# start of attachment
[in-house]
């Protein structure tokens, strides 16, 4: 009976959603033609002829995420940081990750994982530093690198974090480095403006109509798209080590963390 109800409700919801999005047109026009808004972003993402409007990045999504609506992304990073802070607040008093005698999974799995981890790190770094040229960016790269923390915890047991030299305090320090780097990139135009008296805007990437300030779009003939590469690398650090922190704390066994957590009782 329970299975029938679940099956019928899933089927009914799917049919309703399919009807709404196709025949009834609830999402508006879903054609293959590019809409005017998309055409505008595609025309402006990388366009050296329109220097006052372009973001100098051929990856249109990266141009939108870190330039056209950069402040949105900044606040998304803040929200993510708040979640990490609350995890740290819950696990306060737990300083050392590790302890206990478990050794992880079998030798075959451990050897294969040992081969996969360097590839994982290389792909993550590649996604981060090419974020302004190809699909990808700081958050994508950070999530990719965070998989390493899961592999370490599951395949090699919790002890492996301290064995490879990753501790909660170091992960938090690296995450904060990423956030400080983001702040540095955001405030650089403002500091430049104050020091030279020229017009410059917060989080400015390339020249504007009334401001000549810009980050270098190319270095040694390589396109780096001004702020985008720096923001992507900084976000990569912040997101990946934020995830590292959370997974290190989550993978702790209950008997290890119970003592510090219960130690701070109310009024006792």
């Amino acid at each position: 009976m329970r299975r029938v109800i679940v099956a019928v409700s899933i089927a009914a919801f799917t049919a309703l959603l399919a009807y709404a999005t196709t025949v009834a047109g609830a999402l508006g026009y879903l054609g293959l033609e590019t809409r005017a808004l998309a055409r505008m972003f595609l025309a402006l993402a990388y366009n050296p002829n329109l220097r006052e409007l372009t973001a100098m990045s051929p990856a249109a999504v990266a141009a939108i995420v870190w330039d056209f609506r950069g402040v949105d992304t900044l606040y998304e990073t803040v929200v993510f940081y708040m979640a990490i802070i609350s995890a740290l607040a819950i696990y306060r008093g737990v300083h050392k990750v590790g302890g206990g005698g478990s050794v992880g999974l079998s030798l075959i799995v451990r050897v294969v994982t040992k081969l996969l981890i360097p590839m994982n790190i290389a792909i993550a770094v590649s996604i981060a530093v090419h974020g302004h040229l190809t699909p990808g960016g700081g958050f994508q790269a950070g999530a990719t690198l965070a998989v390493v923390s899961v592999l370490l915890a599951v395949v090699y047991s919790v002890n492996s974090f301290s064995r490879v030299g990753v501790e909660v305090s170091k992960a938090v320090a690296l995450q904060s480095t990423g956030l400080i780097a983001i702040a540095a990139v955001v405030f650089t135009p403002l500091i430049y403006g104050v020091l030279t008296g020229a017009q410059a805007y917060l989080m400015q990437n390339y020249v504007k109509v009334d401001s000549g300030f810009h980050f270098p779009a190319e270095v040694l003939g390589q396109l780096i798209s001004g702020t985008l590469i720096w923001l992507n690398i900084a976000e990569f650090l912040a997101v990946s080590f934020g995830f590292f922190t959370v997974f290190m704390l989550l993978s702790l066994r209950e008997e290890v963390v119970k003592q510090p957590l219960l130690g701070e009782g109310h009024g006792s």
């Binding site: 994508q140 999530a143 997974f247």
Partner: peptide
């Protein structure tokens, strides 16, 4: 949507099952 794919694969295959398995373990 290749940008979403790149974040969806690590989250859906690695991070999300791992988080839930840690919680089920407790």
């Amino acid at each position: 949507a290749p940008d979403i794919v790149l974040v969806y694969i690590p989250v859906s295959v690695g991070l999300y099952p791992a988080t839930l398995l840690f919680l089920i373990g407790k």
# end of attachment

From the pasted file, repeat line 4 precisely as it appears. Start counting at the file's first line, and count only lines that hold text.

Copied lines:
């Binding site: 994508q140 999530a143 997974f247």